This was the last time she was going to be foolish enough to follow him into trouble.
That evening, Mina Petrovic returned home from work and found her daughter in such a state as she had never seen. The girl refused to tell her what had happened, even as she began to cry again later that night. Before bedtime, Violet’s mother held her until she fell asleep and their home was quieter than it had been since her father left them. For the next three days, she did not once make an appearance outside of her building to have fun with her friends. She would hear them going about their usual routine just outside her window in the courtyard, and every now and then she would hear Ivo or Goran call up to her bedroom. She ignored them. For three whole days, she spoke to no one but her mother and stayed inside her tiny room.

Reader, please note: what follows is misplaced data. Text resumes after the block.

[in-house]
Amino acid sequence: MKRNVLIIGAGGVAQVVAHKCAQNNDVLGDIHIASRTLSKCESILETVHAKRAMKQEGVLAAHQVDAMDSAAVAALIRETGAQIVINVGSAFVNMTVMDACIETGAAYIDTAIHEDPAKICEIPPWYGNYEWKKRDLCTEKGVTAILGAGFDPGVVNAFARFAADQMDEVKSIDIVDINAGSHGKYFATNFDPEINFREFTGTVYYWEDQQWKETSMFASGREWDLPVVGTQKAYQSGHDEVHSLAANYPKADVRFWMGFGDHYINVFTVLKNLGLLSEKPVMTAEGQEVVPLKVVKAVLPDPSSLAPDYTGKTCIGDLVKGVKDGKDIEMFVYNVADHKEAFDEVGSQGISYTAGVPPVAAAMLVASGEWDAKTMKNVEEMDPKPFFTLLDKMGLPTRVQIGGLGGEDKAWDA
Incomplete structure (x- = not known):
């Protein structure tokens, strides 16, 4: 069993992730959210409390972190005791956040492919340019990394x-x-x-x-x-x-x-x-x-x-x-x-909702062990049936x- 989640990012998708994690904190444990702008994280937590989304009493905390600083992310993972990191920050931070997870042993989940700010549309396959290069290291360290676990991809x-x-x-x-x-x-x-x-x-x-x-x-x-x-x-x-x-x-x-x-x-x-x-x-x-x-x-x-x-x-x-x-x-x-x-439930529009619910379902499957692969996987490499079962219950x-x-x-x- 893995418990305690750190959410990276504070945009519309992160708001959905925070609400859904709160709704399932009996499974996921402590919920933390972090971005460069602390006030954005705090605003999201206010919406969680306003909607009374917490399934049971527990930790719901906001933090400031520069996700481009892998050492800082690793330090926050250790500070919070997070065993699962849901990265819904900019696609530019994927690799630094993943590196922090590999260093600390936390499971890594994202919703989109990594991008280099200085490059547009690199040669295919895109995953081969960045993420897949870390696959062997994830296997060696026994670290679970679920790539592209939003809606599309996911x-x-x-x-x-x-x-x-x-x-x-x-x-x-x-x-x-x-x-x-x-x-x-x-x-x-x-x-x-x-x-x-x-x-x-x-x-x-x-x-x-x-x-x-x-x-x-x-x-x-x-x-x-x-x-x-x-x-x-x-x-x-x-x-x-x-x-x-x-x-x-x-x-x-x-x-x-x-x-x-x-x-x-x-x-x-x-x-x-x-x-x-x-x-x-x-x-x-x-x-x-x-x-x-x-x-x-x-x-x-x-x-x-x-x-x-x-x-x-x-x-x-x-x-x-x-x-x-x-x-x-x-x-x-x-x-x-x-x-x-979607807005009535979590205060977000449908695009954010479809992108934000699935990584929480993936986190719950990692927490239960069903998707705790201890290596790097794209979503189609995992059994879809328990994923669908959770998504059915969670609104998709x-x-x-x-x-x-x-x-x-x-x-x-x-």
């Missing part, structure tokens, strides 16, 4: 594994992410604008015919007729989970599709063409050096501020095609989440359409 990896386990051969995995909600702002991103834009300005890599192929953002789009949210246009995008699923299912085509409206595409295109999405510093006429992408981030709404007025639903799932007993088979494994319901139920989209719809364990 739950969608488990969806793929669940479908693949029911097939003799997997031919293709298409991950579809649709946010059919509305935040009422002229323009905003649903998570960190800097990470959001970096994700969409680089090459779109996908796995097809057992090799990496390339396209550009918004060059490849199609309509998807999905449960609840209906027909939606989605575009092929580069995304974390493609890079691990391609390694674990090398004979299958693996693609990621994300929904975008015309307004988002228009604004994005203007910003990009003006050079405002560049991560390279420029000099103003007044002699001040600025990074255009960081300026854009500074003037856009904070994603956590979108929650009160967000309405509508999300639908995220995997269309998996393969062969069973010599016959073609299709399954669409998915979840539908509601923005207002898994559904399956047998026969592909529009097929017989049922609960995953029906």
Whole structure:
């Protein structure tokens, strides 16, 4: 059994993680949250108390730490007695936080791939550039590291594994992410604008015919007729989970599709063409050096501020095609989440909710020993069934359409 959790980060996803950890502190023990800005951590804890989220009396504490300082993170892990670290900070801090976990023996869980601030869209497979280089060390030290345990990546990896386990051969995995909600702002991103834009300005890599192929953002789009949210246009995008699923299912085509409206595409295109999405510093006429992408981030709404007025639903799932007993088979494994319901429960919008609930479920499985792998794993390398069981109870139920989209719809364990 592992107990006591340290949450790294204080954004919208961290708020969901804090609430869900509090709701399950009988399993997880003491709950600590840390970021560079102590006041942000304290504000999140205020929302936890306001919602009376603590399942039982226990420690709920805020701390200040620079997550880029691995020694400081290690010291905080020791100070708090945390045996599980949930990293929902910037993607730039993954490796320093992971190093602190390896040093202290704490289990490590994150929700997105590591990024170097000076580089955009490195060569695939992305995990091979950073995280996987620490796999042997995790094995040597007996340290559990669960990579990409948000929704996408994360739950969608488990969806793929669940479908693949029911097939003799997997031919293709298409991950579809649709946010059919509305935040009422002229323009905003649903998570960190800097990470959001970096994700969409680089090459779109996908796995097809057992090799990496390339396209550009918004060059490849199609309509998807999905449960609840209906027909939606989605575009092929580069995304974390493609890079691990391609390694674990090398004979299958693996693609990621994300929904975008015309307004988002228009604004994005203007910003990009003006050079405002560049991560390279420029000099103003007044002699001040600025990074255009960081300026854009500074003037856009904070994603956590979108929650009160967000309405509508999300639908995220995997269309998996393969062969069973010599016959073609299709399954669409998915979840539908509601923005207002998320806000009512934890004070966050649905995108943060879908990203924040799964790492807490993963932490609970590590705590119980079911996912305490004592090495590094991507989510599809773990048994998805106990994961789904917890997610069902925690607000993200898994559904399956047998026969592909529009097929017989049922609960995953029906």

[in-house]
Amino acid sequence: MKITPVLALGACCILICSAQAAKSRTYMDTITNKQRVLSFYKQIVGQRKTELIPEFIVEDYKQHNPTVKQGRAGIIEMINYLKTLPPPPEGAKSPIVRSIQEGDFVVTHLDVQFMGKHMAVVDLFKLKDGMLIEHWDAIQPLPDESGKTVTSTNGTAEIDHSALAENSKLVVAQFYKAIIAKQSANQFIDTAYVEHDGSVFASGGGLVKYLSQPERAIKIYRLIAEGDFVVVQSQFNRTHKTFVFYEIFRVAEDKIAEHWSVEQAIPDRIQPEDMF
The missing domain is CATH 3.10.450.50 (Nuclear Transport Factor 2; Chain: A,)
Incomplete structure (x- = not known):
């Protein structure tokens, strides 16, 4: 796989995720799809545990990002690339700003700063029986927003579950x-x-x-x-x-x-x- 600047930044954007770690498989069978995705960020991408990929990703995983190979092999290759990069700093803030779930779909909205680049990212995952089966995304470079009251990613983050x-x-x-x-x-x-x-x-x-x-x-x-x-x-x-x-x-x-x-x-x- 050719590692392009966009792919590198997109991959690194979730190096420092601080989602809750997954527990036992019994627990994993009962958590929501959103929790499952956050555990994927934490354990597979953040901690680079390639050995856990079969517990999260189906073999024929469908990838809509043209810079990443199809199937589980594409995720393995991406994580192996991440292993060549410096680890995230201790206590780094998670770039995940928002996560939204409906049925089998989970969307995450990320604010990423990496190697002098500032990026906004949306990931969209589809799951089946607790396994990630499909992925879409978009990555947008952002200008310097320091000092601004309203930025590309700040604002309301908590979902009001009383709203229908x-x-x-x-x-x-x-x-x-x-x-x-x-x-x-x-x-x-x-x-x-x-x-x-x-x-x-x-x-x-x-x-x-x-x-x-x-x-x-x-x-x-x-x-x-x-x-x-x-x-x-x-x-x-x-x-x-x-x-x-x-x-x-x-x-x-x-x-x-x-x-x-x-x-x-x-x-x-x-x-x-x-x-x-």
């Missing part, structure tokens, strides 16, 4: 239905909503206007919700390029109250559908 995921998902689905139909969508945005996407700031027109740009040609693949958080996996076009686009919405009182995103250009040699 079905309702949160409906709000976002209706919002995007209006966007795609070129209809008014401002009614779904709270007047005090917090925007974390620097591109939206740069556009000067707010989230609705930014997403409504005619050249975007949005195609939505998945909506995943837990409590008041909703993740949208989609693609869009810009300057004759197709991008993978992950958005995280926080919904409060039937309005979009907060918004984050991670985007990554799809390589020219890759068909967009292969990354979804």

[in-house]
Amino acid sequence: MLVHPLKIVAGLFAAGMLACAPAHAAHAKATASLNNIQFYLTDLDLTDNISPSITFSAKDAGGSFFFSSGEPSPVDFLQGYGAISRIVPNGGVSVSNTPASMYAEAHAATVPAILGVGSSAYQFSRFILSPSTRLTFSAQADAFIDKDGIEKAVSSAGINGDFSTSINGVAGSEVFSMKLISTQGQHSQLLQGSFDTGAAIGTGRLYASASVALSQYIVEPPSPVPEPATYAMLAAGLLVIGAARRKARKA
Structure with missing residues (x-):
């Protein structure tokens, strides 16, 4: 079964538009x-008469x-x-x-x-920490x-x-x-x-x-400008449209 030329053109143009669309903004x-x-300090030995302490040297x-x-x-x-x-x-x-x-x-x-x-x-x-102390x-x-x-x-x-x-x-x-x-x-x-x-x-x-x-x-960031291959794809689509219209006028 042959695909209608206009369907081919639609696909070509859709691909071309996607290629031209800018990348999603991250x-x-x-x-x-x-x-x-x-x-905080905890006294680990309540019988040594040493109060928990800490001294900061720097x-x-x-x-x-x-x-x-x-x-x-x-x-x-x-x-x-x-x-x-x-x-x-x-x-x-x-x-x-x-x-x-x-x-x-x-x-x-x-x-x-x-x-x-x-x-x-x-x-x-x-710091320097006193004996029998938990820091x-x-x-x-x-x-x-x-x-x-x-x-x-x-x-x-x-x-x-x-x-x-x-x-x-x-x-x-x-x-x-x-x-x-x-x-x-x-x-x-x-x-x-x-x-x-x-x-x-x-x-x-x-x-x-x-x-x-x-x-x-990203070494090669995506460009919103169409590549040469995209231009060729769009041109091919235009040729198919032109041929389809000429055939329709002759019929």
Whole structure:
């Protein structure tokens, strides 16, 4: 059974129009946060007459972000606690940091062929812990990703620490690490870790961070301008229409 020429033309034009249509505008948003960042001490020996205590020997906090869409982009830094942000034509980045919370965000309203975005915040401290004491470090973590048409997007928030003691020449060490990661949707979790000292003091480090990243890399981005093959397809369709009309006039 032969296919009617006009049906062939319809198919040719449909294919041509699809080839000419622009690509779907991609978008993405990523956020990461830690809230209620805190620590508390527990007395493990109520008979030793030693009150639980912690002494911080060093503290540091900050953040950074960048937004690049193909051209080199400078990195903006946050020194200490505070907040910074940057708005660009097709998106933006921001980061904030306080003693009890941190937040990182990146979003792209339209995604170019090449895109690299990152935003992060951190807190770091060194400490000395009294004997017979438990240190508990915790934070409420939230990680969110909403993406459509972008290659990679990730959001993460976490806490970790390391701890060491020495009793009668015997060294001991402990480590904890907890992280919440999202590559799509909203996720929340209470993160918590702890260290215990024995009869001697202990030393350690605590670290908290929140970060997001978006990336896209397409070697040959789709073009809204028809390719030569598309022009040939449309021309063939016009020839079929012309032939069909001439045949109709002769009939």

There, the monsters that had invaded her town were certain not to find her.